Warren Mundine more of an Abbott representative than an Aboriginal one

Mundine-and-AbbottTony Abbott, terra nullius and Warren Mundine, Independent Australia Natalie Cromb 4 July 2014Prime Minister – and supposed Indigenous Affairs Minister – Tony Abbott has insulted First Australians, saying Australia was “unsettled” before British colonisation, while his Indigenous advisor Warren Mundine laughed off the calumny. First Australian Natalie Cromb comments.

PRIME MINISTER TONU ABBOTT delivered the keynote address at a Melbourne Instituteconference last night and, whilst advocating for foreign investment, he shed some light on his particular take on history, crediting Australia’s existence on British “foreign investment” in

“… the then unsettled or, um, scarcely settlement, Great South Land.

This, of course, is the same Tony Abbott who, in the lead up to last year’s election, told a large group at Arnhem land that he would spend his first week as Prime Minister with the Yolngu People.

When it was pointed out by David Donovan in late September that he had not, actually, done that, PM Abbott was backed to the hilt by his hand-picked Indigenous advisor, Warren Mundine, who excoriated IA‘s managing editor for foolishly taking Tony at his word.

Again, today, Mundine has downplayed Abbott’s latest insensitive comments as “silly”, saying Tony Abbott’s

“… heart is in the right place.”

So, who is this Mundine? And why has he thrown his support behind a prime minister whose attitude towards Indigenous Australia is ambivalent at best and downright duplicitous at worst?

As a proud member of Australia’s First Peoples, I would like to talk about Warren Mundine and his relationship and connection to Indigenous Australia, as well as lay out what a person in his position should aim to achieve.

Warren Mundine is an accomplished man with a large family and extensive political history with the Australian Labor Party — however, those closest to Mundine do consider his political aspirations self-serving rather than for the greater good of the Aboriginal people.

Lending weight to this critique is the fact that he has jumped ship from Labor, citing he was sick at heart following the appointment of Bob Carr to the position that he was courting and now he is Prime Minister Abbott’s key advisor on Aboriginal Affairs.

I am sure that Warren Mundine’s ‘leadership’ status and ‘advisor’ capacity has nothing to do with the fact that he shares the same religious philosophy as the Prime Minister, is an economic conservative that supports Abbott’s policies of individual economic participation as being of more importance than the empowerment of communities and he appears to tow the party line.

Warren Mundine’s views are widely criticised and rightly so.

He has supported a political party and policies that have set Indigenous people back, and makes outlandish comments of this nature, which not only deny the history of this nation, but belittle it for an economic cause.

An example is the recent announcement of $42m funding being cut from the National Aboriginal and Torres Strait Islander Legal Service (ATSILS).

The ATSILS is the one organisation that attempts to counterbalance the obvious discrimination that occurs in the criminal justice system. It is accepted as fact, and there is a tremendous amount of data to support, the contention that Indigenous Australians are racially profiled and are more likely to receive custodial sentences than their non-Indigenous counterparts for the same crime. Nevertheless, ATSILS is staring down the barrel of a crippling funding cut.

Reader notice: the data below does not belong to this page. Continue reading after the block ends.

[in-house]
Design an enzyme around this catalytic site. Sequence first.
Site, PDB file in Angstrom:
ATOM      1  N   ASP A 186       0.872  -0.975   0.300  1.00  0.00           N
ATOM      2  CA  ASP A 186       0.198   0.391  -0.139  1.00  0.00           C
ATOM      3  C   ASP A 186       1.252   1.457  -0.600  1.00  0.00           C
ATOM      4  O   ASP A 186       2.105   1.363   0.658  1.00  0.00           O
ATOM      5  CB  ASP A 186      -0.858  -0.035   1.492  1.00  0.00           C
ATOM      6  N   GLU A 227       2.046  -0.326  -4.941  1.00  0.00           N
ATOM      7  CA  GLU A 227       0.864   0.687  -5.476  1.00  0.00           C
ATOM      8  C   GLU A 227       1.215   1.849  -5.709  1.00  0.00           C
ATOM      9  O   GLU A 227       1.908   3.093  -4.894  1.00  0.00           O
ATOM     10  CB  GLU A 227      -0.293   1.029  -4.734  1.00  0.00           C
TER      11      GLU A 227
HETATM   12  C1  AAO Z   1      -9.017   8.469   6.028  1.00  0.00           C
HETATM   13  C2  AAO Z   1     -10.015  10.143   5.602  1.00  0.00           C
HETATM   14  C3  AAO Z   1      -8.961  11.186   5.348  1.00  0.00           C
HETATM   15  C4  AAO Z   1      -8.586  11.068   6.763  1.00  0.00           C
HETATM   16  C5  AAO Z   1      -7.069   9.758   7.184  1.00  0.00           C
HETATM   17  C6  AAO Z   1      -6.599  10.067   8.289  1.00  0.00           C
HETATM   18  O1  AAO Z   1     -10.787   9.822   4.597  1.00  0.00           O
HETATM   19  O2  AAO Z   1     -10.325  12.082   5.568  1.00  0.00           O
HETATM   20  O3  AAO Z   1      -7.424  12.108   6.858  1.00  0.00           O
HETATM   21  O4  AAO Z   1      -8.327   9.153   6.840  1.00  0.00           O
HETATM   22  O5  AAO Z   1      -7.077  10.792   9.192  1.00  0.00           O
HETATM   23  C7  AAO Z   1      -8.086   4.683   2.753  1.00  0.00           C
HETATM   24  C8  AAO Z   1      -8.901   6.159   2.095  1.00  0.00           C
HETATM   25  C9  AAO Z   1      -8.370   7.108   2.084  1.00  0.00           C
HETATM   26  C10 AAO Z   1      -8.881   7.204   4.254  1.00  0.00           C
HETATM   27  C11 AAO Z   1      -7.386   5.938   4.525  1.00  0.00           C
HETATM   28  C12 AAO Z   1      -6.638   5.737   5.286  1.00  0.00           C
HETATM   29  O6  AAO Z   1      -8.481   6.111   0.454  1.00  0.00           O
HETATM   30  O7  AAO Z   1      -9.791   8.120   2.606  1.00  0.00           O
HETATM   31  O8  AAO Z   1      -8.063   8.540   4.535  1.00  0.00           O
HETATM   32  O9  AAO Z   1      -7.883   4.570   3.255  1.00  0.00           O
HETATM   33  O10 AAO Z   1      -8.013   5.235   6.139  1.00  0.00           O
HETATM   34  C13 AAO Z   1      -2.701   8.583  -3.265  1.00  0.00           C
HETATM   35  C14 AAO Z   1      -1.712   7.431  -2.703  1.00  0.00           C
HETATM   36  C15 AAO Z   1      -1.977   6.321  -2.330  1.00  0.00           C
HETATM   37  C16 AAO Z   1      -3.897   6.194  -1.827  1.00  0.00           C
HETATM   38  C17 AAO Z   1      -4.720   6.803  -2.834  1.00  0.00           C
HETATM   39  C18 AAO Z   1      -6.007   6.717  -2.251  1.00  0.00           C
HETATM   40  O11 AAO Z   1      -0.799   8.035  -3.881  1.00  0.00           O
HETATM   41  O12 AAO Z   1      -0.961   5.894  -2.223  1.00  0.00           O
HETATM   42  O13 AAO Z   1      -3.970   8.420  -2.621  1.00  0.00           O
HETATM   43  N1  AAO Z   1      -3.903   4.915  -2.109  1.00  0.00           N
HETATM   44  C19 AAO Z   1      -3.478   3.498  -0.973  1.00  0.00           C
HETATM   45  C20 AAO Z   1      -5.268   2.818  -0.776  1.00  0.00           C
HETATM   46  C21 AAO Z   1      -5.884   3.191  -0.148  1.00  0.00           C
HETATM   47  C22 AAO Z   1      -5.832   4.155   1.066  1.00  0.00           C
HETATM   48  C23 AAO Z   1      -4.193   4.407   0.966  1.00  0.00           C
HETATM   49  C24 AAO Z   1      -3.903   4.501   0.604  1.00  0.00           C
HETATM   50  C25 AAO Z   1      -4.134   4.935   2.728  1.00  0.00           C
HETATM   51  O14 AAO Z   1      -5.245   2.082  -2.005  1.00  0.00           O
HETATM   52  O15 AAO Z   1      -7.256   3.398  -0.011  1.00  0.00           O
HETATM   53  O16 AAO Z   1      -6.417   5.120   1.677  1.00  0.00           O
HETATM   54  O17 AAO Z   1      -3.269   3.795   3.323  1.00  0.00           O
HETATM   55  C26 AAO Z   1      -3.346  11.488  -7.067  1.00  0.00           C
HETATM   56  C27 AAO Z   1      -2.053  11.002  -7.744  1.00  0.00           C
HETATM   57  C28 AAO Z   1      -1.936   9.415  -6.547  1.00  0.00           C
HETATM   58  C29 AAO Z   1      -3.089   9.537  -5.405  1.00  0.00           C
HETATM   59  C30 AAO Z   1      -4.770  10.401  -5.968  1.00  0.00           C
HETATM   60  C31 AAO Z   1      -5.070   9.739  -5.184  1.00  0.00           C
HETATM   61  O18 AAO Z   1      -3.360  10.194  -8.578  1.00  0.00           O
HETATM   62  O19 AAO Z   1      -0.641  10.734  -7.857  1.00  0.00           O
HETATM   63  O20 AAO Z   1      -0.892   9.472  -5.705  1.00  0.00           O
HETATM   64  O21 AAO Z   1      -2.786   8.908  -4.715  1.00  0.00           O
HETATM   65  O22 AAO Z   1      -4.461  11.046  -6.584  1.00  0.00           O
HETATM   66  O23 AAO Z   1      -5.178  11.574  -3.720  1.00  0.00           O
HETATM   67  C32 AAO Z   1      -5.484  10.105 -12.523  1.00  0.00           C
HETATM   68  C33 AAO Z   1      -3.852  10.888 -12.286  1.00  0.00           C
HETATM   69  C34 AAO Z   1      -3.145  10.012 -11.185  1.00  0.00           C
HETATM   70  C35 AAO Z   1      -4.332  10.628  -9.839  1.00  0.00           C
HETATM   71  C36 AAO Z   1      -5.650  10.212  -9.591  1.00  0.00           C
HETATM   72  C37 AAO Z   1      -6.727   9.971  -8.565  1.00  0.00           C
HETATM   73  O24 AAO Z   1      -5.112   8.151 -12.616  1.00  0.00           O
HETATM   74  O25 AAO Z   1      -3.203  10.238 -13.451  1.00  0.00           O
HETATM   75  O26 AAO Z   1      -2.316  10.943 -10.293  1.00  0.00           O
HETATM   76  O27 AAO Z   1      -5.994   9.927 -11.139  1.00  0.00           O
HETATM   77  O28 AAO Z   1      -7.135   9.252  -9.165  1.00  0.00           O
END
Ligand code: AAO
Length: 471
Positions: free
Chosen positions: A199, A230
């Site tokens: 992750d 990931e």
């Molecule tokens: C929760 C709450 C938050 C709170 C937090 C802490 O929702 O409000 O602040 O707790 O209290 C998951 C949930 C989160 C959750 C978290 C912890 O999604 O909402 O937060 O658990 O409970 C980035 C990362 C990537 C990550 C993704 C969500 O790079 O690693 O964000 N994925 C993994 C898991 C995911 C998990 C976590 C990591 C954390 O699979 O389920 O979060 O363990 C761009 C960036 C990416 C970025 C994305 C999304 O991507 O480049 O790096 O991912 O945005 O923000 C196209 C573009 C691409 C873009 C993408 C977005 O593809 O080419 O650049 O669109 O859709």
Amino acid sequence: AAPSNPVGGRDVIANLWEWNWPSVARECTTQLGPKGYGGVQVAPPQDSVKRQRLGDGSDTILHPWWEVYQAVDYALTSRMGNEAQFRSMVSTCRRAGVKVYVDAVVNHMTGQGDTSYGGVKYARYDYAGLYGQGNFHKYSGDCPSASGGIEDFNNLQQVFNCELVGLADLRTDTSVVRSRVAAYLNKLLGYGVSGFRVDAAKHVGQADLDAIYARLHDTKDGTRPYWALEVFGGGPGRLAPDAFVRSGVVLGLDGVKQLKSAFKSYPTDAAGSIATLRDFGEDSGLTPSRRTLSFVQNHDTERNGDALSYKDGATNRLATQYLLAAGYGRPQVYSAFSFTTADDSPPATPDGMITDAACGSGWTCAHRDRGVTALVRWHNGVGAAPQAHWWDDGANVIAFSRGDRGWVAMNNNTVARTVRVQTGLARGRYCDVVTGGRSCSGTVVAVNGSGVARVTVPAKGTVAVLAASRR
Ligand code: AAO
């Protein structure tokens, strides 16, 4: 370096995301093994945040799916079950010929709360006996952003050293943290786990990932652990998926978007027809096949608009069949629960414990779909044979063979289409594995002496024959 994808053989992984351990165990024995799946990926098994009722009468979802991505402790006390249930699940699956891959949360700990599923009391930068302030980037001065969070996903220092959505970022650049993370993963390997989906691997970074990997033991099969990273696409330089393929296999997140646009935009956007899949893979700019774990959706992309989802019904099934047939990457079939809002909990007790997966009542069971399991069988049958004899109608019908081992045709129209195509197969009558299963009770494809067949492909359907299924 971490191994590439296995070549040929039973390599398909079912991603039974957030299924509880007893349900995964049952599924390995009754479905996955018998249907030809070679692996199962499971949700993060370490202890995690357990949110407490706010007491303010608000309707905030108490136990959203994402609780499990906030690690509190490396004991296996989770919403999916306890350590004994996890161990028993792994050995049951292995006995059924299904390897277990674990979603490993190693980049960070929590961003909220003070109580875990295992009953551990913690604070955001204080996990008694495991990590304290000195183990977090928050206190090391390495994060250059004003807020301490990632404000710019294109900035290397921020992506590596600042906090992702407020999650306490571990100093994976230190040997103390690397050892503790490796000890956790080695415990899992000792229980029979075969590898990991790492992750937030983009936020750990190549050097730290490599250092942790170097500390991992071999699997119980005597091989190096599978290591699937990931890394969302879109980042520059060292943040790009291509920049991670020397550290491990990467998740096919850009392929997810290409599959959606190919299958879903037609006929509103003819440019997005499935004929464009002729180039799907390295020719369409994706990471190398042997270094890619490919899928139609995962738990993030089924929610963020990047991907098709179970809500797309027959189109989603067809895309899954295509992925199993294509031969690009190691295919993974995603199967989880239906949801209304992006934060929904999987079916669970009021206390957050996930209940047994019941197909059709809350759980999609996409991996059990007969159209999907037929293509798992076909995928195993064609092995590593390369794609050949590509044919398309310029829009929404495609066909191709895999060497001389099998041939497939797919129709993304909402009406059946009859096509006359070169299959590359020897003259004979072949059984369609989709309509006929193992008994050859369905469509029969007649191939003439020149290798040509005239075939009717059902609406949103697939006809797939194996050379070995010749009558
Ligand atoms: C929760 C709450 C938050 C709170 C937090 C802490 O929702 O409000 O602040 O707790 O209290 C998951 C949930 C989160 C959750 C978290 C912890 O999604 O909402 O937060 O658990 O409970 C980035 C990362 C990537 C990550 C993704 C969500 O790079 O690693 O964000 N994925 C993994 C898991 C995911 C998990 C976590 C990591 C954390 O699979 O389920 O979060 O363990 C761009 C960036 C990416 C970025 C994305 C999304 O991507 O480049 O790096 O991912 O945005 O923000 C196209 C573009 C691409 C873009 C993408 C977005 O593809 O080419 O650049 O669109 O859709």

Mundine did little to oppose this cut and, in fact, said Indigenous programmes should be looking for further “efficiencies”.

In my opinion, Mundine and Abbott can expel rhetoric about efficiencies until the cows come home but a cut is a cut and cuts of this magnitude, targeted in such a manner, illustrate a complete disconnect between Abbott, his adviser and the Aboriginal populace at large.

The real issues faced by the Aboriginal communities all over Australia – noting that the issues are different for many of the community groups – have not been considered in any meaningful way and it is the duty of the Indigenous Affairs advisor to stop defending “great bloke” Abbott, and the Government he leads, and start advocating forcefully for the Indigenous people he is meant to represent.

I do not have a problem with Warren Mundine as a person, I have a problem with what he represents. What he represents is the patriarchal manner in which political parties in Australia approach the issue of Indigenous Affairs.

It is not acceptable for political parties to appoint a token representative to address the issue, misrepresent to the community they are going to be acting in the best interests of the community and then fail to consult the community upon which they are imposing laws and policies.

Has the Bringing Them Home report been forgotten completely? Have we lost the essence of that the Indigenous culture is all about? Community consultation and involvement is paramount!

The patriarchal “for the good of them” attitude is Aboriginal protectionist policy continued into the modern day. For as long as Indigenous policy is approached in this manner, it will fail.

It is apparent from the actions of the government that their priorities are all about governmental budget savings rather than effecting any real change to the consciousness of Australians that might lead us all to a more inclusive nation.

Aboriginal people are not a ‘problem’ to be solved by the Liberal party for the cheapest means possible, so the economic conservatives can give each other a pat on the back.http://www.independentaustralia.net/australia/australia-display/tony-abbott-terra-nullius-and-warren-mundine,6637



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